Angus Young’s bristling sounds in the Bon
Scott era will fall completely in love with
this guitar’s capacity for driving the meatiest
riffs while retaining high-end and midrange
nuance. Jimmy Page-inspired lead tones
are another of the Downtowner’s strengths,
and those biting Page tones from the BBC
Sessions (which have always seemed crazily
elusive to this reviewer) pour out of the
Downtowner at every turn.
Flipping to the neck pickup, rolling the
tone control down, and adding a touch
of amp overdrive was the ticket to some
of the finest tones lurking within the
Downtowner. And relying on the guitar’s
volume knob to add and subtract dynamics and aggression tapped an endless range
of voices. At these settings it felt almost
mandatory to delve into vintage Cream
riffage—dropping the guitar’s volume for
cleaner rhythm work and cranking it up
for that biting “Crossroads” tone. Even
with the tone knob rolled down about
two thirds, pick dynamics came through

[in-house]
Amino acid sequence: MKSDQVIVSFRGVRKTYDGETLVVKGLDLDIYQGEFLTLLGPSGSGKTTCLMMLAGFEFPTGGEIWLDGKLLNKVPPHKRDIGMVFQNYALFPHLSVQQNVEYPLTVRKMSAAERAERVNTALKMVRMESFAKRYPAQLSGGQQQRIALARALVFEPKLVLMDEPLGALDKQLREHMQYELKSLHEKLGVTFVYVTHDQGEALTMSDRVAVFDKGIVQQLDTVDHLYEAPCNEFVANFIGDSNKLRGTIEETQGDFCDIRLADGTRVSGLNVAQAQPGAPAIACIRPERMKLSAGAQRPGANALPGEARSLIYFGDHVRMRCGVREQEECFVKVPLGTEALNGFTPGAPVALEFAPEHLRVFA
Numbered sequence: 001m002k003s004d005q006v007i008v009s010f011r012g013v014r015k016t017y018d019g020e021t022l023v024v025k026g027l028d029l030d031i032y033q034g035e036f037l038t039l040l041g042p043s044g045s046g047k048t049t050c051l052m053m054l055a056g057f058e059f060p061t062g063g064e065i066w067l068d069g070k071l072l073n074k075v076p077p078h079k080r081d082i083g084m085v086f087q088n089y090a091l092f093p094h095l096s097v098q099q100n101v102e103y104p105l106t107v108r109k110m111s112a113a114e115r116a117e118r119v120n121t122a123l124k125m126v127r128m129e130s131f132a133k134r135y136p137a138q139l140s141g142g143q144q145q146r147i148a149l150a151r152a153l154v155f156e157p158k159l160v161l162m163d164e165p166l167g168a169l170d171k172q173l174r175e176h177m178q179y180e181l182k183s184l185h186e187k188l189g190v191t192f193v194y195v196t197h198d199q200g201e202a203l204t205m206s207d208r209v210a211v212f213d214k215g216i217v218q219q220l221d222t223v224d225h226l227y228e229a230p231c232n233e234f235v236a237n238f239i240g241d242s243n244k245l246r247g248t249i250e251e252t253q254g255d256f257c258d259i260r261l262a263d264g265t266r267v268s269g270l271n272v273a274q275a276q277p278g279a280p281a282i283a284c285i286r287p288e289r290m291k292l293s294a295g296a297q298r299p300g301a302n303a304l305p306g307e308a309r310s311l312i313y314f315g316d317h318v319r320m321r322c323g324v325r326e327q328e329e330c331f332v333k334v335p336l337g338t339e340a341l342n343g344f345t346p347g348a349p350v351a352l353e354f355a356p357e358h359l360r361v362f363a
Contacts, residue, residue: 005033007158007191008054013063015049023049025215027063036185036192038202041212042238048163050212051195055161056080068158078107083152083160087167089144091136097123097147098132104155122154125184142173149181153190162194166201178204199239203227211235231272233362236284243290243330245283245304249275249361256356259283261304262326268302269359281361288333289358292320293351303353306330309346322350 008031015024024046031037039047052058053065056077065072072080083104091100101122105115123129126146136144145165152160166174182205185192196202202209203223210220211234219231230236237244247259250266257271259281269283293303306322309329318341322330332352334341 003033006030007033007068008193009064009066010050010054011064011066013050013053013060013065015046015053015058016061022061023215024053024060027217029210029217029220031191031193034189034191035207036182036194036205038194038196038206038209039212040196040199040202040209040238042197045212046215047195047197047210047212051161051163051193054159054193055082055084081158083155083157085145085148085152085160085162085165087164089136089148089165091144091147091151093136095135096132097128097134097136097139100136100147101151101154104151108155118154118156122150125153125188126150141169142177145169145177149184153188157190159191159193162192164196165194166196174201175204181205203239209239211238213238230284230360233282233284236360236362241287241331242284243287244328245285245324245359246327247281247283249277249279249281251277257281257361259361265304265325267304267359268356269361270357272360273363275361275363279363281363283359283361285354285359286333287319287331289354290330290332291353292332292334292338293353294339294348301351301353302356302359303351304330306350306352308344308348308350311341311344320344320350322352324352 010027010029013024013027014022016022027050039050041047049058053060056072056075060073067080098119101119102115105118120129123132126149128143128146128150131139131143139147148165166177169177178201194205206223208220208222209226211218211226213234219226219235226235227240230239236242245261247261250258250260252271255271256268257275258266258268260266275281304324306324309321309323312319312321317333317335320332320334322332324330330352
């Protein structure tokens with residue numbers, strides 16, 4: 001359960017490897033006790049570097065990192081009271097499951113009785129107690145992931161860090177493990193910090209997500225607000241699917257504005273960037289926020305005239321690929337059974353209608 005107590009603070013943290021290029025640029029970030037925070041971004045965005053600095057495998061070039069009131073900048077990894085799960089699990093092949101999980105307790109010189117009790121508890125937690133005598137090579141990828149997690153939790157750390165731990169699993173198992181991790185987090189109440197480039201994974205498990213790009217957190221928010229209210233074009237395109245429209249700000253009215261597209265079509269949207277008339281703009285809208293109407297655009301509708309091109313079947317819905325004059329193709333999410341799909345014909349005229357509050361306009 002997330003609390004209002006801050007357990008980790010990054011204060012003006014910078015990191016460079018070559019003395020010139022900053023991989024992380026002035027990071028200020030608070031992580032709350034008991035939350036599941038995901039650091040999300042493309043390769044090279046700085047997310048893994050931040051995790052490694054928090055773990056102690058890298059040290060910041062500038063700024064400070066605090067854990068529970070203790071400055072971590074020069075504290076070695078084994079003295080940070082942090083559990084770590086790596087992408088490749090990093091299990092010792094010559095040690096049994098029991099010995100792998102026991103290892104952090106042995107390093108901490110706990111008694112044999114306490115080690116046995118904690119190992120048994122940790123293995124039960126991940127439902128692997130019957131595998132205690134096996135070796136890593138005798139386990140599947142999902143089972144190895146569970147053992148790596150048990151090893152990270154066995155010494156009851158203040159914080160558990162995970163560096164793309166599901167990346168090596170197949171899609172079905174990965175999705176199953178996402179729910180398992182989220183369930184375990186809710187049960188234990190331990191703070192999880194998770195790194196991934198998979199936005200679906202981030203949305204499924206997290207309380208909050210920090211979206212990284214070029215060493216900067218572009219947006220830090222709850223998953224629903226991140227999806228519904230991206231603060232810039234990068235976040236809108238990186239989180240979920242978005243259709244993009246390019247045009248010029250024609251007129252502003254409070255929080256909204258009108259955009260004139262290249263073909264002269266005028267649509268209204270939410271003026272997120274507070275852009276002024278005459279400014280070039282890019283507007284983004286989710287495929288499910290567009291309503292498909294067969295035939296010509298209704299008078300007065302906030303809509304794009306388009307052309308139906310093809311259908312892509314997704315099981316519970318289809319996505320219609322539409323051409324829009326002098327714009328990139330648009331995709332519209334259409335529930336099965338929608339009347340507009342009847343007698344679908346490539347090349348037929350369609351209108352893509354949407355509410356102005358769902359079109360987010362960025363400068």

loud and clear. The guitar’s sensitivity
Echopark Guitars, Custom Koa Limited, $3,000 (direct, includes G&G Custom
59 hardshell case), echoparkguitars.com
Pros: Exceptionally cutting and muscular tonal palette.
Cons: No coil tap. Neck might be too beefy for some.
through a wide range of volume and tone
settings is exceptional.
The neck pickup also sated my hunger
for mellower, more subdued tones. It’s
easy to tame the Downtowner’s high-end
tendencies by using the guitar’s tone knob
and a lighter attack—an approach that
yields some incredibly smooth and wide-sounding jazz tones. Dropping the neck
pickup’s volume a touch produced delicious Stonesy rhythm sounds.
The Downtowner is a guitar that rewards a
nuanced touch and a dynamic right hand.
It can be a bright instrument that highlights
every last detail of your pick attack. And for
the tones you associate with the great Les
Paul slingers of the ’60s and ’70s it’s a dream
come true. The smooth mids, stalwart lows,
and raunchy high end set it apart from even
top-notch, custom, Gibson-inspired instruments. The styling and construction details
make it more than just another vintage Les
Paul clone. And as a whole, it shows that
Gabriel Currie has not only learned much
from the masters about putting together a
great guitar, but that he really understands
how the component parts of a guitar come
together to sound extraordinary.